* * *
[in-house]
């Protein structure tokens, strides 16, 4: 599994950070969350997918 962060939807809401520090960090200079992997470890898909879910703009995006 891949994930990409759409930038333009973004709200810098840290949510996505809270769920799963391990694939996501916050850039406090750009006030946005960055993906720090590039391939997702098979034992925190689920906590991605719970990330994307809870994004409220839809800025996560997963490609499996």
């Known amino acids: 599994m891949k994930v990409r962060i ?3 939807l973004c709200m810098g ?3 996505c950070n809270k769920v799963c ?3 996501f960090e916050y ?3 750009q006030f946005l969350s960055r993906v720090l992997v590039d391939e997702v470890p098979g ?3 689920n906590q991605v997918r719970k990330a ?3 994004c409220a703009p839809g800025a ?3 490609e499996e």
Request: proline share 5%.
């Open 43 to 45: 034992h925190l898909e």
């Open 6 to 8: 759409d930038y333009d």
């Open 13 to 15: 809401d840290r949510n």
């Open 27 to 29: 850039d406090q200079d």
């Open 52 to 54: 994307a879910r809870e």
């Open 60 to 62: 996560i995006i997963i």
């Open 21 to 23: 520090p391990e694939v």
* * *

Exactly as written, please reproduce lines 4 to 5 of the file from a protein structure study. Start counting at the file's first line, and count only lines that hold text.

Request: proline share 5%.
């Open 43 to 45: 034992h925190l898909e």